How to Cook Mushrooms by Haygarth

Overview and Objectives

Research revealed that many people dislike mushrooms because they can have a rubbery or slimy texture. However, this perception is a result of not cooking mushrooms properly. Our challenge was to create a consumer facing campaign to educate 25-34 women on how to cook mushrooms properly, unleashing their full flavour.

Insight and Strategy

In order to seal in the moisture and ensure mushrooms are consumed at their best, they must be cooked in a very hot pan. By doing so, mushrooms are fried rather than stewed and remain crispy, not rubbery, to make them taste delicious.


• Utilise high profile celebrity chef to secure media interest
• Create bespoke mushroom recipes and engaging webcast that demonstrate the proper cooking skills to guarantee message delivery
• Target high dwell media for depth of message


Haygarth recruited Simon Rimmer, co-presenter of BBC2’s cookery programme Something for the Weekend, to be the face of the campaign and worked closely with Simon, to create three mushroom recipes showing the correct method for cooking mushrooms.

Bespoke recipe photography was created to bring these to life, as well as recipe webcasts featuring Simon Rimmer demonstrating the recipes.

Haygarth also offered interviews with Simon Rimmer to top radio stations, as well as press and online interviews. Top tier media were further targeted with bespoke hampers. All activity was underpinned by a trade release to ensure activity gained cut-through with key trade contacts and buyers.


The campaign was a huge success and Simon Rimmer was a great fit for the campaign messages, generating quality coverage for Monaghan Mushrooms.

• A total of 90 pieces of coverage were achieved across press, broadcast and online
• Total reach of more than 19 million
• Reach was boosted by coverage in a number of high readership national publications, including the Independent (688,000) and the Daily Star (941,000)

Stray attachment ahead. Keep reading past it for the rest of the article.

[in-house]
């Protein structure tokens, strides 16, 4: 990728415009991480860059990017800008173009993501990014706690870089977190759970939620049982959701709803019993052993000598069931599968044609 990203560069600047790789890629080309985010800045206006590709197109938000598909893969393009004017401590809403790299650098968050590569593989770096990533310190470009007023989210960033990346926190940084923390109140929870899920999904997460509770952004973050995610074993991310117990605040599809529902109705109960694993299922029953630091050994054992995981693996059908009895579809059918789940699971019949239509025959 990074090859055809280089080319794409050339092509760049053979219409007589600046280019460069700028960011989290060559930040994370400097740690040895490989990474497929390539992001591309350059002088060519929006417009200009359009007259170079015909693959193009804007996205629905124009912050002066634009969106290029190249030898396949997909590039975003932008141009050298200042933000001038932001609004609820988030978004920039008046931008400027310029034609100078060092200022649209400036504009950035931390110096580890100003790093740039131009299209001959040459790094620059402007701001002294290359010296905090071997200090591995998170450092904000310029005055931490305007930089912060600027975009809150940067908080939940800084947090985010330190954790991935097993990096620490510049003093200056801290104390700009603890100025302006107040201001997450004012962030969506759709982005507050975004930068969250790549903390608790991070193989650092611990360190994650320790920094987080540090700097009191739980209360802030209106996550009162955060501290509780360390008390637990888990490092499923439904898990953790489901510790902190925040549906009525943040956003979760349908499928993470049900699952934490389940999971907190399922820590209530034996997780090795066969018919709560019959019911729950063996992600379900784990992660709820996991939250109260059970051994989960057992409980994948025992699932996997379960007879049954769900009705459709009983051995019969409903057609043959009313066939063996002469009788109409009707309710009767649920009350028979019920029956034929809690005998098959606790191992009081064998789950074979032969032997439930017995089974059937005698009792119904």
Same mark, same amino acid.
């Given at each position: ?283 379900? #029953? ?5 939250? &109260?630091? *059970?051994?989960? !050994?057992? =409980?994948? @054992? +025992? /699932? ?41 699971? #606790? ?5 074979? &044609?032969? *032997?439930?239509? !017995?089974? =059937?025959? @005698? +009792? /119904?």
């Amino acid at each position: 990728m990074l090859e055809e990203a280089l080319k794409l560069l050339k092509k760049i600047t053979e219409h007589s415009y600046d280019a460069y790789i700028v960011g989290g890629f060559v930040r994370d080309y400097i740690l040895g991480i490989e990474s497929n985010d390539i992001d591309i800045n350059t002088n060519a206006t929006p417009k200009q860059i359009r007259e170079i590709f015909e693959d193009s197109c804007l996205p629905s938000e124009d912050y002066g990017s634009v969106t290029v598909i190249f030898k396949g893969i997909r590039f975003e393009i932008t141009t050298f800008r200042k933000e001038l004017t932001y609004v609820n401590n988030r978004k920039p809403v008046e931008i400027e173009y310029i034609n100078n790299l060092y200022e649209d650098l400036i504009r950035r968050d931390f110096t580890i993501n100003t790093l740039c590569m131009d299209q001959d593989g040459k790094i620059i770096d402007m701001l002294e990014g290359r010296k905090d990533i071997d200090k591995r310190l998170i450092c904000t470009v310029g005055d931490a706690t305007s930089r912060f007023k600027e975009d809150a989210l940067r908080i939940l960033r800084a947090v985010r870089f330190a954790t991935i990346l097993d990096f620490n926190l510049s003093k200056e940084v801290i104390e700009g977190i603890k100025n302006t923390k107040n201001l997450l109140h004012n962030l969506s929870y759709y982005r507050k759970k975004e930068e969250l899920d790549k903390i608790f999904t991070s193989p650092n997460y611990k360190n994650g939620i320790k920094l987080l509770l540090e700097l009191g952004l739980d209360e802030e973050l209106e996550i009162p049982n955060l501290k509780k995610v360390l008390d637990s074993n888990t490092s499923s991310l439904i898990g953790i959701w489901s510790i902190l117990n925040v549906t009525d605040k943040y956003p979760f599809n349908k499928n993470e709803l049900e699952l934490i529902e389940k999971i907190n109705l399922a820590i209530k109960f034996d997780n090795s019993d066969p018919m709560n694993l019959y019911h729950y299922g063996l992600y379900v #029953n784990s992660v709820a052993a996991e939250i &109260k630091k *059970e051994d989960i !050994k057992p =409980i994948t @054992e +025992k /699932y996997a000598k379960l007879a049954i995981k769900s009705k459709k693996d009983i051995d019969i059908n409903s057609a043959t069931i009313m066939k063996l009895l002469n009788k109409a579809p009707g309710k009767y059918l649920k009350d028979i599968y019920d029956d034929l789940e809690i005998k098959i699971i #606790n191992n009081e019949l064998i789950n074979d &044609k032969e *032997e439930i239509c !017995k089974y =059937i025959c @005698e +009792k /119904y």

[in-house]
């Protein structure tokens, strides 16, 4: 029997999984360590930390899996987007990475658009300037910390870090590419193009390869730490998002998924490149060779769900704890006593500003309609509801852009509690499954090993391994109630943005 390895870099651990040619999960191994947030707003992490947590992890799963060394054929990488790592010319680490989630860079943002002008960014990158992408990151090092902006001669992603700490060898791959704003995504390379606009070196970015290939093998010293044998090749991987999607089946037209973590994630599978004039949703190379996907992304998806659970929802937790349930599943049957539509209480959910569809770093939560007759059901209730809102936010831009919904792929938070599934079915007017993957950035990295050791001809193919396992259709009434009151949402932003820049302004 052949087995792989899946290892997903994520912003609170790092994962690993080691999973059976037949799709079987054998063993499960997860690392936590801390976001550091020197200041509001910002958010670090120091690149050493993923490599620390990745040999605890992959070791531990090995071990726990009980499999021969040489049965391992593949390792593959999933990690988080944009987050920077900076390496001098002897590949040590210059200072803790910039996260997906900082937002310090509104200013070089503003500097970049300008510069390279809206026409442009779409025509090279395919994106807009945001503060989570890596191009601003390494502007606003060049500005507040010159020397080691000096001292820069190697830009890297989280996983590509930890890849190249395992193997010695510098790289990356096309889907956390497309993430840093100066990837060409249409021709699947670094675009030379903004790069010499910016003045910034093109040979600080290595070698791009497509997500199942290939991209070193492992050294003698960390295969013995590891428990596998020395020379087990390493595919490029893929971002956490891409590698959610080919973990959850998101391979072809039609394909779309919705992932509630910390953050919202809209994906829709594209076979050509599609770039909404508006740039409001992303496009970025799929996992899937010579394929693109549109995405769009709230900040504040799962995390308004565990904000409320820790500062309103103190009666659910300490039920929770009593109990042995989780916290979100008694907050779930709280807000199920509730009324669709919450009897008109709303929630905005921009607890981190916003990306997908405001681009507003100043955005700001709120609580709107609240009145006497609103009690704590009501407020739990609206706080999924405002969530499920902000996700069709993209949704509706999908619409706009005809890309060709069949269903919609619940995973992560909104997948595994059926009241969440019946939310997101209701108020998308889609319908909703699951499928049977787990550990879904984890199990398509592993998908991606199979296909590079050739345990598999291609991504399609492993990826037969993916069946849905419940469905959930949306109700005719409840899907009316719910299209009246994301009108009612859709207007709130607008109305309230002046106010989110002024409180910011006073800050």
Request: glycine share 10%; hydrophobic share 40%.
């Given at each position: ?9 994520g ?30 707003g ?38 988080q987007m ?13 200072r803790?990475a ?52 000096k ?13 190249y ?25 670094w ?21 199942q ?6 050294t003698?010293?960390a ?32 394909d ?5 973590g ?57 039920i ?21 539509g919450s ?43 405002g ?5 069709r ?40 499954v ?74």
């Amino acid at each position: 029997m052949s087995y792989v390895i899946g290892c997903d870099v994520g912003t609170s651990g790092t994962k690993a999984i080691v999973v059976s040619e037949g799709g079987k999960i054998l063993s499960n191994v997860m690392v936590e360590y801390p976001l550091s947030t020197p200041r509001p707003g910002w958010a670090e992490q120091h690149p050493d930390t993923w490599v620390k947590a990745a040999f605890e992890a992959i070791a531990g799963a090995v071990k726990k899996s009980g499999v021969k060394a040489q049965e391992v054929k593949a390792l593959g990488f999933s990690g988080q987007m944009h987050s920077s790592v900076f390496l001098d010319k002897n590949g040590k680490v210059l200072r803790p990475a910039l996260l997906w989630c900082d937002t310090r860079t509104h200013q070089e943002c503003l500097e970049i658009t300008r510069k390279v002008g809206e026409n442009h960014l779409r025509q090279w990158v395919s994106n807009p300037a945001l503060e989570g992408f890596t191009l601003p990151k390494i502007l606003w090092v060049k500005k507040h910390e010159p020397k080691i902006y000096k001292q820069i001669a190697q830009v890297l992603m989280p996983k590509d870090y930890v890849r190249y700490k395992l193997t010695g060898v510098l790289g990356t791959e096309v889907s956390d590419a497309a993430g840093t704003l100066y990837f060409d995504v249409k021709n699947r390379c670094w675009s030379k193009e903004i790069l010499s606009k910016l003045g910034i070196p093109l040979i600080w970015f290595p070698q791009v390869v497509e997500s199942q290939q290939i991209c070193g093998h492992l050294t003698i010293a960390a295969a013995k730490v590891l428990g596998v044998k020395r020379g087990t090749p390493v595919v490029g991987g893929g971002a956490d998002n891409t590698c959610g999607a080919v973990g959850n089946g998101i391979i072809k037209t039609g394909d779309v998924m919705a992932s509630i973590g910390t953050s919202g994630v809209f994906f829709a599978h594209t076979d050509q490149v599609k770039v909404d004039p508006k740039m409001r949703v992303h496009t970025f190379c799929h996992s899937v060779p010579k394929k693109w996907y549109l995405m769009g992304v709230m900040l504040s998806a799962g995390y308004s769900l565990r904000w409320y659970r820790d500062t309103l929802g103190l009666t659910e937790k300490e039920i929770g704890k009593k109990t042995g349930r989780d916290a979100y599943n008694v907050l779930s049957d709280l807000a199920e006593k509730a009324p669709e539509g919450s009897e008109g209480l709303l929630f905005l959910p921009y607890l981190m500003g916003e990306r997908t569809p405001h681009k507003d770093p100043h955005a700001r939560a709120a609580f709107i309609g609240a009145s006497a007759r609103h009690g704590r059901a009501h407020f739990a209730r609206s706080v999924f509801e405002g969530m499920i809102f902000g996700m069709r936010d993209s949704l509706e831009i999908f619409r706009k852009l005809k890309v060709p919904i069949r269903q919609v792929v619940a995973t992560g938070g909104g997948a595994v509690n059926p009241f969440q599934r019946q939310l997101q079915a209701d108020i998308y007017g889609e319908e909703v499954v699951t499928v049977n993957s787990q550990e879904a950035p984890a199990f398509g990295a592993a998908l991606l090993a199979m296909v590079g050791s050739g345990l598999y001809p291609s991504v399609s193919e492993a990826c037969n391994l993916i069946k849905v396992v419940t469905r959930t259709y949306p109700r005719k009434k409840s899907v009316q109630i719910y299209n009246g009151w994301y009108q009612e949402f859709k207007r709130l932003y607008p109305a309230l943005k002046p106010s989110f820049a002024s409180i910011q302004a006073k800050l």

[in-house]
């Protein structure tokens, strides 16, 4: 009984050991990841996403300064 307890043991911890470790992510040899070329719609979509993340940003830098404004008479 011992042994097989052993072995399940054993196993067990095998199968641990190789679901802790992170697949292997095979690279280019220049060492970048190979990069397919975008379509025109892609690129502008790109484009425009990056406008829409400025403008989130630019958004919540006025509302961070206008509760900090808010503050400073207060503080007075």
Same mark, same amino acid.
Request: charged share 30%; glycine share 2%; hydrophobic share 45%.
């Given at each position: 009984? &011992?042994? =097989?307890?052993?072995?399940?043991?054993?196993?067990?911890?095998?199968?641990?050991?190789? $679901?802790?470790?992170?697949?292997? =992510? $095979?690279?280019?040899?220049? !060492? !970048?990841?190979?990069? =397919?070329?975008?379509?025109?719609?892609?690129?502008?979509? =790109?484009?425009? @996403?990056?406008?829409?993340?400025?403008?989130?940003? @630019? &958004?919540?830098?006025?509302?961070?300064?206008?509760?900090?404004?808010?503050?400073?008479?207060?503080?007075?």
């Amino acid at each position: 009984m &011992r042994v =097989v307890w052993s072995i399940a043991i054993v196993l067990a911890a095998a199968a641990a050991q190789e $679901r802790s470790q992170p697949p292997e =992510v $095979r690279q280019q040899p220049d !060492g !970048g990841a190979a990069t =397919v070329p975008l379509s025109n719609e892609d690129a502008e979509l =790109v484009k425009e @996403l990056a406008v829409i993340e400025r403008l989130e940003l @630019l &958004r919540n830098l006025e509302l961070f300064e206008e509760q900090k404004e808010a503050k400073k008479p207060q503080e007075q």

• Recipe and interview coverage was secured across a range of women’s lifestyle media, including Closer, Full House, Hello and Now

Think before you print! Save energy and paper! Do you really need to print this page?
Fee Income
Drag here
  • This field should only be completed by the individual with responsibility for your company's PRCA membership.
  • NB - Once you check the box to the left of this field and click update this figure is fixed for the entire year.
  • Fee income is defined as fees or income arising from time spent on carrying out public relations consultancy work plus any mark up and any handling charges or profits made on disbursement or expenses.
  • This figure
    1. will be used to calculate your membership subscription fee for 2009
    2. will be published on the PRCA website and in the yearbook.
  • This figure must include the fees from any subsidiary companies but not associated companies (see below).
  • If you are bound by Sarbanes-Oxley please select that accordingly, we will contact you individually about your fee income.
Holders of public office
Drag here
  • Please list any employees who hold any public office including members of House of Parliament, members of local authorities or of any statutory organisations or bodies who are full- or part part-time directors, partners, staff, special advisers or consultants retained by the consultancy
Subsidiary companies
Drag here
  • These companies are entitled to the same benefits as other PRCA members, they must abide by the PRCA Professional Charter and Codes of Conduct and their fee income must be included in the fee income field above.
Associated companies
Drag here
  • These companies are not included in your membership and as such do not benefit from PRCA member benefits. These companies are not covered by the PRCA professional charter.
Current clients
Drag here

The clients listed in this section are those which retain a consultancy on a continuing basis to deal with their public relations either in a specialised area or as a whole. One asterisk (*) against a client's name indicates that the consultancy has been retained by that client for three years; two asterisks (**) indicate that it has been retained for at least five years. Clients served on an ad-hoc basis are listed separately.

Adhoc clients
Drag here

Clients for whom you have undertaken work in the last twelve months on a project rather than a retained basis

Conflict of interest clients
Drag here

NB This will not appear as a separate list in the yearbook.